Who's Got Chickens? I'm Thinking Laying Hens

Dix Posted By Dix, Aug 22, 2009 at 2:36 AM

  1. JDC1

    JDC1
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    Aug 17, 2010
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    We have 2 welsummer roosters that my 4yo daughter raised from chicks. They still will go after her if she comes up on the hens to fast. They will be going to freezer camp with my first batch of meat birds this spring.

    I think for a family 3 hens would be the perfect number.
     
  2. SnapCracklePop

    SnapCracklePop
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    Sep 29, 2010
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    I have to make a final decision soon on whether to give up the dog boarding. My license is up for renewal and I won't pass inspection until I redo the floor.

    Now I'm leaning toward keeping the kennel for a couple of years, but doing chickens also, just on a smaller scale to begin with. When I eventually close the kennel, it can go to the birds.

    Question for current chicken-raisers: If I convert part of the kennel to a chicken coop, I would have chickens close to the dogs, but not inside the same structure. Their outdoor run would be adjacent to one of my dog runs. Do chicken lice/mites get on dogs? Would that be a potential problem?

    Thanks,

    Nancy
     
  3. smokinj

    smokinj
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    My dumb dog likes to get in the coop when I let her. (No issues I see yet) Now I treat for them about every 6 weeks though.
     
  4. Gooserider

    Gooserider
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    Not an expert on dogs or chickens, but it seems to me that if you are boarding dogs that aren't used to the birds, you might have problems with them upsetting each other - there are dogs that would want to chase / eat / play with the chickens who would be frustrated if not allowed to do so. On the flip side, I'd expect the chickens might be less than happy about being barked at all the time...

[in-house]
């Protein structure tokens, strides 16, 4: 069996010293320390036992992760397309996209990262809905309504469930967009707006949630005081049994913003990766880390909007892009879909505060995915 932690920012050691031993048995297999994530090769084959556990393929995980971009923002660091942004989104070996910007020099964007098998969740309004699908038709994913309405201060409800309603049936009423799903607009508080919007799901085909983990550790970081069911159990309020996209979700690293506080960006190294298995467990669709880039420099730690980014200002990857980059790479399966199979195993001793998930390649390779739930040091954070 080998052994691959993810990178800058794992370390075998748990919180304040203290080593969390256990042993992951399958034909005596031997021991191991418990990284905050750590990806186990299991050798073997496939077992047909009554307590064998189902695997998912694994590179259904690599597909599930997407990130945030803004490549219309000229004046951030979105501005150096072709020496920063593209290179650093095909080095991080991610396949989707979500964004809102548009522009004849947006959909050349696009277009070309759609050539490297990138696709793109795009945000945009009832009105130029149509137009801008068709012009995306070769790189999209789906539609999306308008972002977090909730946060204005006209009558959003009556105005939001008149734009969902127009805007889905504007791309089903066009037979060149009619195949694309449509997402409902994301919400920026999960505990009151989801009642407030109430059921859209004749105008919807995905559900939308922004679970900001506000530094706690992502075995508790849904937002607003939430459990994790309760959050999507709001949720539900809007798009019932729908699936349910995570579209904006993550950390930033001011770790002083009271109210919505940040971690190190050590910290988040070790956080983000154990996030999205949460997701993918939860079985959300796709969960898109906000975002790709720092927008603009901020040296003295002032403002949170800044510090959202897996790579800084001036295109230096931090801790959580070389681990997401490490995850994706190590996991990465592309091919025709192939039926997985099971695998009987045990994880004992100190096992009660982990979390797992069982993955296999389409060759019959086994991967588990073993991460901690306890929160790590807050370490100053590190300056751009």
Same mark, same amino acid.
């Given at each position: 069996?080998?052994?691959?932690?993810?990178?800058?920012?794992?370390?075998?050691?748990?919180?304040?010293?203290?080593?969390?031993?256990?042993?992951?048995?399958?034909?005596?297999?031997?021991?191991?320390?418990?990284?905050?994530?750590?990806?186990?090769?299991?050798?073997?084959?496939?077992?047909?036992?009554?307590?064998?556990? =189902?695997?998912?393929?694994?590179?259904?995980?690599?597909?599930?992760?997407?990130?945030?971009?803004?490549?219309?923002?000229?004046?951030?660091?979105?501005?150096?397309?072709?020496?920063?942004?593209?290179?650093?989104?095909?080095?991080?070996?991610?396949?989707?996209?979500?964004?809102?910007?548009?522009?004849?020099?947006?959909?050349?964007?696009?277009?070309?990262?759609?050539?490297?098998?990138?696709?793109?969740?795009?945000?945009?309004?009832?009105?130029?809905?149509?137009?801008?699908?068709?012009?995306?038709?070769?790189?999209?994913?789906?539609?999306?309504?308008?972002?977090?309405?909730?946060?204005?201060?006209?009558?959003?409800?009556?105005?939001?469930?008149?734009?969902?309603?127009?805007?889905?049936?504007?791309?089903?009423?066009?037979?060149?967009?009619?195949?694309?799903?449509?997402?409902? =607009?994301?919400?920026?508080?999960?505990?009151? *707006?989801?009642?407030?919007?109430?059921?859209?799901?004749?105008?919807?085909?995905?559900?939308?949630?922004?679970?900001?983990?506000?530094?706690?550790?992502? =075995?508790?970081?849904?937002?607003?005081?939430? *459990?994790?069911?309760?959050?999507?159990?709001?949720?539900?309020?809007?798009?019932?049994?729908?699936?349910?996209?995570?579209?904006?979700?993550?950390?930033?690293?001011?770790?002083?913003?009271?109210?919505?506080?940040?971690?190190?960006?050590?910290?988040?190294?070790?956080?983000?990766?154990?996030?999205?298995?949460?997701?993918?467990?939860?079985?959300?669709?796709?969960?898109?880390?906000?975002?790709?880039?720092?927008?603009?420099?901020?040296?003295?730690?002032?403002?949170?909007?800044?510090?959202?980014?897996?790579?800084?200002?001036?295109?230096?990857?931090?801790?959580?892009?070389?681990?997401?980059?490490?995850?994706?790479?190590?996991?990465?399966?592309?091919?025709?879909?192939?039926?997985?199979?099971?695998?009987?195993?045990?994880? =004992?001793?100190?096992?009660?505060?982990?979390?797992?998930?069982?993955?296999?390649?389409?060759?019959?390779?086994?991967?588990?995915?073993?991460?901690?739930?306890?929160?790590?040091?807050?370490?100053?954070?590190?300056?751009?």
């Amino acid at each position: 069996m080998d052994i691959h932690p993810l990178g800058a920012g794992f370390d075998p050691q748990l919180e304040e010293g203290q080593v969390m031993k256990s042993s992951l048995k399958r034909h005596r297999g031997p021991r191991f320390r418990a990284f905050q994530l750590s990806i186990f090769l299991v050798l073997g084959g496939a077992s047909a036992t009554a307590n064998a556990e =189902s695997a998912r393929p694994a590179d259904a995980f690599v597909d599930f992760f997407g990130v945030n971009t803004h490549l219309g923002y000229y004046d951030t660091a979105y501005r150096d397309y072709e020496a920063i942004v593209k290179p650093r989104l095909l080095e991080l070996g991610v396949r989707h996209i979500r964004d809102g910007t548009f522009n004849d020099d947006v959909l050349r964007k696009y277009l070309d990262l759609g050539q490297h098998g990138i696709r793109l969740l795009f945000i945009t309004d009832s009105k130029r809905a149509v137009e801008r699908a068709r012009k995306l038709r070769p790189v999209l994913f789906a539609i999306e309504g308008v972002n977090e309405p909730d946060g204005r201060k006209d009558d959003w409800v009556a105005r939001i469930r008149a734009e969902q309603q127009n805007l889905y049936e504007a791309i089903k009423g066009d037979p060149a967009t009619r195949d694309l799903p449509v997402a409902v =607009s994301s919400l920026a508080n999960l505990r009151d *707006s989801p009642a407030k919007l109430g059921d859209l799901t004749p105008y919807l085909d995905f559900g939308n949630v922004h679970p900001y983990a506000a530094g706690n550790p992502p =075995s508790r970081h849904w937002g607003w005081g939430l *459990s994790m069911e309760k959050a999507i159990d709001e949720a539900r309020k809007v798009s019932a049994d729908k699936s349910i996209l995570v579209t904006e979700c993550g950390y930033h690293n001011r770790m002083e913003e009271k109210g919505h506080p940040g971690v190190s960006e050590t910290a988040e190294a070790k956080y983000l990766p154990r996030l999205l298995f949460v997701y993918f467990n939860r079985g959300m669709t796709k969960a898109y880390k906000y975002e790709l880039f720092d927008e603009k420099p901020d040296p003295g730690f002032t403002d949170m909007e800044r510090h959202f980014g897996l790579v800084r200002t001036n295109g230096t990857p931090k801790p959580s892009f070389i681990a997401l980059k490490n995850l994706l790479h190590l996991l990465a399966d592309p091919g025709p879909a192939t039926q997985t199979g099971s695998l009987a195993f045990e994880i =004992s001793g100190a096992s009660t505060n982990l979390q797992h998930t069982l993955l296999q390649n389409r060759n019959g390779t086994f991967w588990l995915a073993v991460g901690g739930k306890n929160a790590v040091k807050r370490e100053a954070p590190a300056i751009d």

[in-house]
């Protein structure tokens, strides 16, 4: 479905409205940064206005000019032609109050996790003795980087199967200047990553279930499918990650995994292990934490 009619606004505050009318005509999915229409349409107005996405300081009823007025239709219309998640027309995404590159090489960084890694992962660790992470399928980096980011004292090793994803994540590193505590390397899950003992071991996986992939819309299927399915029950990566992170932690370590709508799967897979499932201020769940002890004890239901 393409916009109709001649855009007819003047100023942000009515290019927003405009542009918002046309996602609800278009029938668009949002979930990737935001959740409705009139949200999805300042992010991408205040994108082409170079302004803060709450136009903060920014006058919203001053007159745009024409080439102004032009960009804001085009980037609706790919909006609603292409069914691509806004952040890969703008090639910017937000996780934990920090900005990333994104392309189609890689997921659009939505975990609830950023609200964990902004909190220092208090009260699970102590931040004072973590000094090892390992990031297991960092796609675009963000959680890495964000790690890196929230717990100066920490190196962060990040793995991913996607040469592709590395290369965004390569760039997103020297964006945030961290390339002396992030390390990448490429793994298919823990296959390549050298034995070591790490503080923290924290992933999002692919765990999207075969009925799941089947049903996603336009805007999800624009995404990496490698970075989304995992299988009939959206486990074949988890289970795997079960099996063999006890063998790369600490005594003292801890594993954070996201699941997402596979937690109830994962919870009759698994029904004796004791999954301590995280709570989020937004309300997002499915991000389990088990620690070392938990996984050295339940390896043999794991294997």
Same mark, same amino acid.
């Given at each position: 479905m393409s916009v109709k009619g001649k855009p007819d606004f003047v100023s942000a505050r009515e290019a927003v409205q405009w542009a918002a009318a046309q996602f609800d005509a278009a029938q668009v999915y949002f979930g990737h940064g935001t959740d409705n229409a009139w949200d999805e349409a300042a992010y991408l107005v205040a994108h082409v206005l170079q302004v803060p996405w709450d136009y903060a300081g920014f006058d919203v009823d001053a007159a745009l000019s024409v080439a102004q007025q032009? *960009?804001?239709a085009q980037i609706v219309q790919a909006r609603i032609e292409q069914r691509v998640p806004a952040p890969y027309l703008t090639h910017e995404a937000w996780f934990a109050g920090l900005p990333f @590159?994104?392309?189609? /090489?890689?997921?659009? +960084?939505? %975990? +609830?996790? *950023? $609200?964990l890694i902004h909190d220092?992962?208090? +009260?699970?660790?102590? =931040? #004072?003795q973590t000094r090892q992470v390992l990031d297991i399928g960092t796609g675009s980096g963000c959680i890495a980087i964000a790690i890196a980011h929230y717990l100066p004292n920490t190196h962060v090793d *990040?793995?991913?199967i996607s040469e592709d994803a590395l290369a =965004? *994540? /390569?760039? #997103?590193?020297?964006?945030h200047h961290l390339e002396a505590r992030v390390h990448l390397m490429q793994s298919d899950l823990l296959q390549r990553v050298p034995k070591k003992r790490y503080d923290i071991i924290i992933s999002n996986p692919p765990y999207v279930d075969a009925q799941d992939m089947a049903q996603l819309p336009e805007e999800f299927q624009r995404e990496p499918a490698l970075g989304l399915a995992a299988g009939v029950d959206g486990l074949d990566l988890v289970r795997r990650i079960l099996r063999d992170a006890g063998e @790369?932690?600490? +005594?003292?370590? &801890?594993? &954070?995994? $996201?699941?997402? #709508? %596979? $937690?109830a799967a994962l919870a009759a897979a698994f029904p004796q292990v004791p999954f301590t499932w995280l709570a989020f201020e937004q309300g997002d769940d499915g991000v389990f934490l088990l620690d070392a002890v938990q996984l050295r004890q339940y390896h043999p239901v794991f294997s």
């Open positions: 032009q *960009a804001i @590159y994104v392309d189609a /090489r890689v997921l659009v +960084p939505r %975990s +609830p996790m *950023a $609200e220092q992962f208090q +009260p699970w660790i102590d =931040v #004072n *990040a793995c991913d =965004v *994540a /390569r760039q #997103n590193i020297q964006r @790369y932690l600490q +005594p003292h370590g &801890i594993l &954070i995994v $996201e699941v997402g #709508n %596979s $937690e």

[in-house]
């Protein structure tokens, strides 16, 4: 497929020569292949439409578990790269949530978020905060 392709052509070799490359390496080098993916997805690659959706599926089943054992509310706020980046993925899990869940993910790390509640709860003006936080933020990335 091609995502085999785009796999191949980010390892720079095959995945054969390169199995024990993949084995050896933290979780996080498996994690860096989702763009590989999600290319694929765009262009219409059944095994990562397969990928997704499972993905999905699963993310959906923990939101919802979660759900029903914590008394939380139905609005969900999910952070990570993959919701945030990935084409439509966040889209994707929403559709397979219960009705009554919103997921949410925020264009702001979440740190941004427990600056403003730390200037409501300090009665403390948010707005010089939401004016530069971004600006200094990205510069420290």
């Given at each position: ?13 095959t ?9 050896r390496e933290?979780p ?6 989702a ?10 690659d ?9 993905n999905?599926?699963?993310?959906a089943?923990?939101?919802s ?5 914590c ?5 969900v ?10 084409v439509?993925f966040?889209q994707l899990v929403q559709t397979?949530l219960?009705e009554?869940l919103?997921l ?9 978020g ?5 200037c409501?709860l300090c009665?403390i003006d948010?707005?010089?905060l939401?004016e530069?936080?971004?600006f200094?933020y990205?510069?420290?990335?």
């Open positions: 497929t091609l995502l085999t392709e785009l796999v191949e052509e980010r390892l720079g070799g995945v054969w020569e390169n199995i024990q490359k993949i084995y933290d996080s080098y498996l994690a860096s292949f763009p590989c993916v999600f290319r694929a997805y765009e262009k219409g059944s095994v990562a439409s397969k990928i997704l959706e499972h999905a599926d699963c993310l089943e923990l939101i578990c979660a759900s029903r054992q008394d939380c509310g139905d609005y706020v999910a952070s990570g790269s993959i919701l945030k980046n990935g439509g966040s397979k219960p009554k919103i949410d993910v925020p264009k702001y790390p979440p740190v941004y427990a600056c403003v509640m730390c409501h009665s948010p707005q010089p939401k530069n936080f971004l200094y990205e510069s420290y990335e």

Doesn't sound like an ideal match to my untutored ears...

    Gooserider
     
  5. timfromohio

    timfromohio
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    Aug 20, 2007
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    So, I'm finally back to this thread. I did wind up building a "chicken ark" and an attached run. We got 8 hens, 2 each of Barred Plymoth Rock, Buff Orphington, Buff Brahma, and Americauna. They are doing very well. I didn't expect too many eggs over the winter, but we are getting 0-2 on a slow day and 4-6 on a busy day.

    The "ark" I built is open to the ground on the bottom level and then has a ramp up to the "loft" where there are nesting boxes and perches - the hens are pretty crowded up there, but don't seem to mind especially in winter.

    I gave them the run of the garden once we completed fall harvest and they did a good job of cleaning up and depositing fertilizer. I was moving the ark around the yard, but now have them in their winter semi-permanent location by the wood pile.